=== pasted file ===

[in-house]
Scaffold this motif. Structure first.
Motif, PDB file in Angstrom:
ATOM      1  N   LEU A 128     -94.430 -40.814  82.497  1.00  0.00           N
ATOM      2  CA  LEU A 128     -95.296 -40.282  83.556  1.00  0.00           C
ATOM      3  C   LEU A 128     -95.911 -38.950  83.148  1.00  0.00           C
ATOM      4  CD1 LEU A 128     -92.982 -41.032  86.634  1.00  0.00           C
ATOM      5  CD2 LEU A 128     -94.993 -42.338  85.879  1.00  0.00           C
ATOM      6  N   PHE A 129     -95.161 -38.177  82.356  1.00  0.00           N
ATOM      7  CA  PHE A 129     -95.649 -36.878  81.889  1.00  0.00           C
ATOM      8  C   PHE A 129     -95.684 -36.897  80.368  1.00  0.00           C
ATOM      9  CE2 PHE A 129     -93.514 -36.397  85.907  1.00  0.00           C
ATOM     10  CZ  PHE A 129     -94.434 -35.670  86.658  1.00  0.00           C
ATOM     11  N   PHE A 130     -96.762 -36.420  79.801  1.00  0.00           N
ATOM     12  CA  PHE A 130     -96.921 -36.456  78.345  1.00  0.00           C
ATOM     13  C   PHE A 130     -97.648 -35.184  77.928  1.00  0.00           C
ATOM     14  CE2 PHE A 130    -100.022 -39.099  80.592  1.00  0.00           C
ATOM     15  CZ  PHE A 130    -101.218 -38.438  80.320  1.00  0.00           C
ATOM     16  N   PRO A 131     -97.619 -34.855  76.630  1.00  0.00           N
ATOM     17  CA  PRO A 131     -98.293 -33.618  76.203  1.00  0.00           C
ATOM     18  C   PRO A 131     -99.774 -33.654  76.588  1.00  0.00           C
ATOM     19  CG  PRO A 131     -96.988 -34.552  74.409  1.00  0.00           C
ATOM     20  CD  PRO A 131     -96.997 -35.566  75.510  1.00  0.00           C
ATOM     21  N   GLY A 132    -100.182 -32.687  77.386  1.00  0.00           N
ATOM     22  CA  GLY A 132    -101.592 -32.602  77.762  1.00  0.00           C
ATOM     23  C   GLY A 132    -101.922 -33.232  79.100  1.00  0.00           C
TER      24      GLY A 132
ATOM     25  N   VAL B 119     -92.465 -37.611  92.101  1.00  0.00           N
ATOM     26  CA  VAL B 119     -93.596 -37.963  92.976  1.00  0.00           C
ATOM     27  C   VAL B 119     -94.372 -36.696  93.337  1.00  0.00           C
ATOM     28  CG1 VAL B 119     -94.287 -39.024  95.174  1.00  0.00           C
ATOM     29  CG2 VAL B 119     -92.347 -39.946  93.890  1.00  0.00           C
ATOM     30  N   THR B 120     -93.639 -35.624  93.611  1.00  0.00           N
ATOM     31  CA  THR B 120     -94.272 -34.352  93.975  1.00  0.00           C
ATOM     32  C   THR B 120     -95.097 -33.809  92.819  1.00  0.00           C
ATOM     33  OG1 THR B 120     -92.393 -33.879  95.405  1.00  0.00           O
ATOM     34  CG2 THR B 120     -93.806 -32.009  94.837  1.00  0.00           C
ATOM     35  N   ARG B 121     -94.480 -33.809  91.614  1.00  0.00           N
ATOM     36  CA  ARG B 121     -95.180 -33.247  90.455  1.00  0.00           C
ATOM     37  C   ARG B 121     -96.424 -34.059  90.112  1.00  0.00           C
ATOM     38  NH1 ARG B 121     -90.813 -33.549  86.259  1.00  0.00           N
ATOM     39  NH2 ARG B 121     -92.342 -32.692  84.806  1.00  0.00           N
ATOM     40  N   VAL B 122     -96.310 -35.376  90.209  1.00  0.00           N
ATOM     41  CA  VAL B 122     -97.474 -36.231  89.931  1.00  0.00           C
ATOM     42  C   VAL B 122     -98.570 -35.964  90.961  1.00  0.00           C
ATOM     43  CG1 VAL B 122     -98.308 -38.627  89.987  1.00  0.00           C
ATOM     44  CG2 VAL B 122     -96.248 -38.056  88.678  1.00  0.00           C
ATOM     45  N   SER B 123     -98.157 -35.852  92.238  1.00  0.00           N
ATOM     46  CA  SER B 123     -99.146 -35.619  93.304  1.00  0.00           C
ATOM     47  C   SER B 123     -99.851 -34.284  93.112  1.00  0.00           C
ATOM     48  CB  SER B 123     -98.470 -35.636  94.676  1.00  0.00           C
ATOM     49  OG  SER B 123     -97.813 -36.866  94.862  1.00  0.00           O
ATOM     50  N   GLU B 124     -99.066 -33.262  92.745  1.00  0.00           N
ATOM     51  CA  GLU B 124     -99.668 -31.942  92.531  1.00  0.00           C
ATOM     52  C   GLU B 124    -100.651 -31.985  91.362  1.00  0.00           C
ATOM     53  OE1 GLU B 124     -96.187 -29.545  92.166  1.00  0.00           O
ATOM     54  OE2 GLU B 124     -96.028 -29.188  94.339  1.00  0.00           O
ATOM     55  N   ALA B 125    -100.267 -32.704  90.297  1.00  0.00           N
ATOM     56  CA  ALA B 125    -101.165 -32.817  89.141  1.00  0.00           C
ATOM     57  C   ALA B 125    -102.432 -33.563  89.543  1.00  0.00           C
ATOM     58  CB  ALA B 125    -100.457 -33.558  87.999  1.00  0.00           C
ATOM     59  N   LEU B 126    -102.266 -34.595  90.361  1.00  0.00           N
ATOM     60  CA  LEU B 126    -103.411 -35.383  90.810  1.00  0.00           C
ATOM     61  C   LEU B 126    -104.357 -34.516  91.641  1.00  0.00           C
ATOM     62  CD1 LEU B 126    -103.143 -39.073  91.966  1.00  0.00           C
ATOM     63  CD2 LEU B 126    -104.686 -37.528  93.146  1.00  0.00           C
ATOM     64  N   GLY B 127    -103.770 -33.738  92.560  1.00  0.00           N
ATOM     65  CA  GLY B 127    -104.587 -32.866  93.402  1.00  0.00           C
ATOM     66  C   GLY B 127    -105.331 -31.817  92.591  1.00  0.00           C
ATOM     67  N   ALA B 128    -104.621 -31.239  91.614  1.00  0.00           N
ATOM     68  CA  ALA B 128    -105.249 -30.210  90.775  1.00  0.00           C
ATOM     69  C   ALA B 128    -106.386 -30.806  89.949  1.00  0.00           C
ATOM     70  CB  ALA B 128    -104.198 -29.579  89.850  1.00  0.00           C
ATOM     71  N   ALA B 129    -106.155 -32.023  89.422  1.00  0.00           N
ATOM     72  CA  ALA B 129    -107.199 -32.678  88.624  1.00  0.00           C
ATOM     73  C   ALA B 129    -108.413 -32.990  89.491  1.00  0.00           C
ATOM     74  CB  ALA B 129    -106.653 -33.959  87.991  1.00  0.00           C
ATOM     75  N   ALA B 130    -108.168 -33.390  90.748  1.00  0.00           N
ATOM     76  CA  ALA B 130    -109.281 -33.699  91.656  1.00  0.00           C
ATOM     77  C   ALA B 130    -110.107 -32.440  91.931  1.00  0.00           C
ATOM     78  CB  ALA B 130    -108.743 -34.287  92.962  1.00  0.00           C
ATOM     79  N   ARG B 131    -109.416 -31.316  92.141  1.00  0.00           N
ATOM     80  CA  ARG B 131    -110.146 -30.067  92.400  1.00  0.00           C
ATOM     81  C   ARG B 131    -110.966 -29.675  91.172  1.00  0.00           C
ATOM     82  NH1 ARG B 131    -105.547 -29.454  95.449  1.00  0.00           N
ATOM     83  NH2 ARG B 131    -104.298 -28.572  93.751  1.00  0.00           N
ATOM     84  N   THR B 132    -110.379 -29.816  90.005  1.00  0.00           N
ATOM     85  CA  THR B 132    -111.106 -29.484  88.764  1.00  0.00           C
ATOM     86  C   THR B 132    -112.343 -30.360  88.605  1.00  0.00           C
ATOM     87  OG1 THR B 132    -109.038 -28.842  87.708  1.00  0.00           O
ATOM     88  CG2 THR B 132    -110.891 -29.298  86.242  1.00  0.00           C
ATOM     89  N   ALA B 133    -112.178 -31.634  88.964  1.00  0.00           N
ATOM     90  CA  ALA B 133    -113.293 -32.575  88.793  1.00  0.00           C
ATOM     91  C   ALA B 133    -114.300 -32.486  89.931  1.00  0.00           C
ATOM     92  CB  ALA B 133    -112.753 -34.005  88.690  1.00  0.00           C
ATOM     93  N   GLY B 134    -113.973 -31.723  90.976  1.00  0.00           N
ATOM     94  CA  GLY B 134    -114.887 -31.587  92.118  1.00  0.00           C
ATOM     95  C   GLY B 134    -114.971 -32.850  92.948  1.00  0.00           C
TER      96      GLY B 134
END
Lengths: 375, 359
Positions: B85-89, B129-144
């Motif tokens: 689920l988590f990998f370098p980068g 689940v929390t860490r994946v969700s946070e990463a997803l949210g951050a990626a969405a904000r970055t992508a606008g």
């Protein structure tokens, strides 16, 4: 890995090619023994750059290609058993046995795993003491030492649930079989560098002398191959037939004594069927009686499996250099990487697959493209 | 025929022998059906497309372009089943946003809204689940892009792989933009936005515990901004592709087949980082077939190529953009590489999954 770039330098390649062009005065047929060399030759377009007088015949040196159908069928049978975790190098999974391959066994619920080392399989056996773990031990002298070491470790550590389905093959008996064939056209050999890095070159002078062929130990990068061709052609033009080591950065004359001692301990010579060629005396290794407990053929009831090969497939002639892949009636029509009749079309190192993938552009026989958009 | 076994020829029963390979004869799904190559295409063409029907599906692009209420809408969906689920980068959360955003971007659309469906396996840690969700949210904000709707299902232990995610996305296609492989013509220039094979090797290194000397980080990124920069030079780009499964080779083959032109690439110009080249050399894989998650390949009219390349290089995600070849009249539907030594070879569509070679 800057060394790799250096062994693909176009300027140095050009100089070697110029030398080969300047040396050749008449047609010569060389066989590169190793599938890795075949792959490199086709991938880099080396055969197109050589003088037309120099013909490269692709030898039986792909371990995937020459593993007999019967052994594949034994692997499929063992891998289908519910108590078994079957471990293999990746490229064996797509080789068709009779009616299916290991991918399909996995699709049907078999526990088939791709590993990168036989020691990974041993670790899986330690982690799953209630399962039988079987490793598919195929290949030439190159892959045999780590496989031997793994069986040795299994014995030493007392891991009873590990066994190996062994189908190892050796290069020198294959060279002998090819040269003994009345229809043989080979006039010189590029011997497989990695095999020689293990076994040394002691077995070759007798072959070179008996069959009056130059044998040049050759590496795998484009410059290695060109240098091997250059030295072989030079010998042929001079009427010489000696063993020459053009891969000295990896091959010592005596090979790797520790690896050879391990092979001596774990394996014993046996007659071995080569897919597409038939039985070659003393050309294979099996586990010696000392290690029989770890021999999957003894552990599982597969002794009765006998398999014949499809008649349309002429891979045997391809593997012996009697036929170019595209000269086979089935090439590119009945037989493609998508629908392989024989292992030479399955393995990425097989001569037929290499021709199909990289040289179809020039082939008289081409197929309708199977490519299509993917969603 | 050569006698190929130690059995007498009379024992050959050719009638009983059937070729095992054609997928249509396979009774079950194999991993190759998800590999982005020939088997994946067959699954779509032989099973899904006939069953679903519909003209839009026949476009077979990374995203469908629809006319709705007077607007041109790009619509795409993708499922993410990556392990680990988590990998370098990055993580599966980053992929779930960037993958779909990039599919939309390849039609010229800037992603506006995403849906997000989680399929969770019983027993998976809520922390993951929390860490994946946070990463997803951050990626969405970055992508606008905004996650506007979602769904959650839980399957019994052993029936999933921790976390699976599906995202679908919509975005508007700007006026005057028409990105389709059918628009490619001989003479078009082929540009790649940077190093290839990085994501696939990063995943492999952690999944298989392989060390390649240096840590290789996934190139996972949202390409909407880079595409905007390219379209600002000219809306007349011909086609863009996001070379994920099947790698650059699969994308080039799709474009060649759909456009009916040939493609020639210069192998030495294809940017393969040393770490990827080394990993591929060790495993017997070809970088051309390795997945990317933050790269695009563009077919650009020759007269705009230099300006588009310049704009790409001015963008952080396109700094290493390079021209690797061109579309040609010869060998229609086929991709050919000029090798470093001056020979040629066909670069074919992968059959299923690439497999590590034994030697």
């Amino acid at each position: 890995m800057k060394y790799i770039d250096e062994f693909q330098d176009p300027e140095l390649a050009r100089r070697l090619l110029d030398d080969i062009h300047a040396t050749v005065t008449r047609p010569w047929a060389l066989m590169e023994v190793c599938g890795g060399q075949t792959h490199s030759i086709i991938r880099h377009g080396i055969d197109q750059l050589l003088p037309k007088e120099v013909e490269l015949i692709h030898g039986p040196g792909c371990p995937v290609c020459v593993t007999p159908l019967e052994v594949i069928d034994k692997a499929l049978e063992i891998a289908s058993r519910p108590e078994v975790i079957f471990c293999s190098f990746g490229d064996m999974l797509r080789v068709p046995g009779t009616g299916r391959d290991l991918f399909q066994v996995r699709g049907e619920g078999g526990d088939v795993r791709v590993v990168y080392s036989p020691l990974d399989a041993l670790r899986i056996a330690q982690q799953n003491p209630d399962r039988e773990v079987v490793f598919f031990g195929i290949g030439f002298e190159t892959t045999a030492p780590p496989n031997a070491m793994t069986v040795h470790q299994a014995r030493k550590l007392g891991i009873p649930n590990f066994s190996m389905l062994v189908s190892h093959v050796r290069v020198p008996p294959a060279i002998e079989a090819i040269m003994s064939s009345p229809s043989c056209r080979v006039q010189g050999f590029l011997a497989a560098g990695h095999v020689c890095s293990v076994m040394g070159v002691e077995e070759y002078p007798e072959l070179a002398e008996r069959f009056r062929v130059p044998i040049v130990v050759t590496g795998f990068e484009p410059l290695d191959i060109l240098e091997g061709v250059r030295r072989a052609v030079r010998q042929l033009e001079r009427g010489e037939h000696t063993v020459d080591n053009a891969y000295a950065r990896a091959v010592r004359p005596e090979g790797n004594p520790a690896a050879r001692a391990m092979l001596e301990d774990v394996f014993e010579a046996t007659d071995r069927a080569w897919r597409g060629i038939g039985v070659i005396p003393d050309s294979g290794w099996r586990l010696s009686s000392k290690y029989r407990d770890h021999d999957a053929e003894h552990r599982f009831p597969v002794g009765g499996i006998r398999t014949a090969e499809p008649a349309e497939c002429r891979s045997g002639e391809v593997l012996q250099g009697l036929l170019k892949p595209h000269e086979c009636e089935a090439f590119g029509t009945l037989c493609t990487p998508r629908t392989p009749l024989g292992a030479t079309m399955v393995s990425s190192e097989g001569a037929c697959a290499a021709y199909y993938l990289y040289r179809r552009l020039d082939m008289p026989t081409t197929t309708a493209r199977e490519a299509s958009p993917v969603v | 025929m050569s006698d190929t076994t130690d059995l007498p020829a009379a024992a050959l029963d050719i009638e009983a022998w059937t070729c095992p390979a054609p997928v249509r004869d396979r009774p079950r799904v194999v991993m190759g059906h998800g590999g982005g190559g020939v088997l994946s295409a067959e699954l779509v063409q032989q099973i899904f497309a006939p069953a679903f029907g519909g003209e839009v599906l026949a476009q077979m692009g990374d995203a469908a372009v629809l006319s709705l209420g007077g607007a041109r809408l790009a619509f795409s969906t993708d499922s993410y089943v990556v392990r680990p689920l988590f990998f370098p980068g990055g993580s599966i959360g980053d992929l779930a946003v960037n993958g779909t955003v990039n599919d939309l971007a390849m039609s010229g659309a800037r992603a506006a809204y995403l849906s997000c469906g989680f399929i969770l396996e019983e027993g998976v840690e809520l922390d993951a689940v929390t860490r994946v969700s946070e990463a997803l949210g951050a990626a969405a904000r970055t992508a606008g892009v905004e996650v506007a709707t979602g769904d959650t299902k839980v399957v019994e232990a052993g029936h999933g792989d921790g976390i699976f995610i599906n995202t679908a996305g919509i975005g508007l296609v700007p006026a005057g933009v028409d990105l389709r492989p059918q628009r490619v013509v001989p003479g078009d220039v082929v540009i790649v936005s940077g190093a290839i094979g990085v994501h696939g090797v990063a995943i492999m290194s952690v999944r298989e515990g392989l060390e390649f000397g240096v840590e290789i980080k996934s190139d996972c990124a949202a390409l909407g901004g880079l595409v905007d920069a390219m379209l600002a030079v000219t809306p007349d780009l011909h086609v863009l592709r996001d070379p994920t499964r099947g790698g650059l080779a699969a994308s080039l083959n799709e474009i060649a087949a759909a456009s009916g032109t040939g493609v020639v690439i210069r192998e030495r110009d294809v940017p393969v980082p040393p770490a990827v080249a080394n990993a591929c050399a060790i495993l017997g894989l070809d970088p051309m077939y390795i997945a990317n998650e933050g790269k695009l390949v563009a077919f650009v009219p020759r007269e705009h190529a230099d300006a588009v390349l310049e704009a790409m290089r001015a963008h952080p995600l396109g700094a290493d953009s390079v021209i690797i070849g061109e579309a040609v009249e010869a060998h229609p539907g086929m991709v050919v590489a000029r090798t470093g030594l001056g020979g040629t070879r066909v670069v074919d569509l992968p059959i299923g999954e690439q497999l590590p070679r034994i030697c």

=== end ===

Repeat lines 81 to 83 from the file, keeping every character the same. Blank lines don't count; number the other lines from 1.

ATOM     78  CB  ALA B 130    -108.743 -34.287  92.962  1.00  0.00           C
ATOM     79  N   ARG B 131    -109.416 -31.316  92.141  1.00  0.00           N
ATOM     80  CA  ARG B 131    -110.146 -30.067  92.400  1.00  0.00           C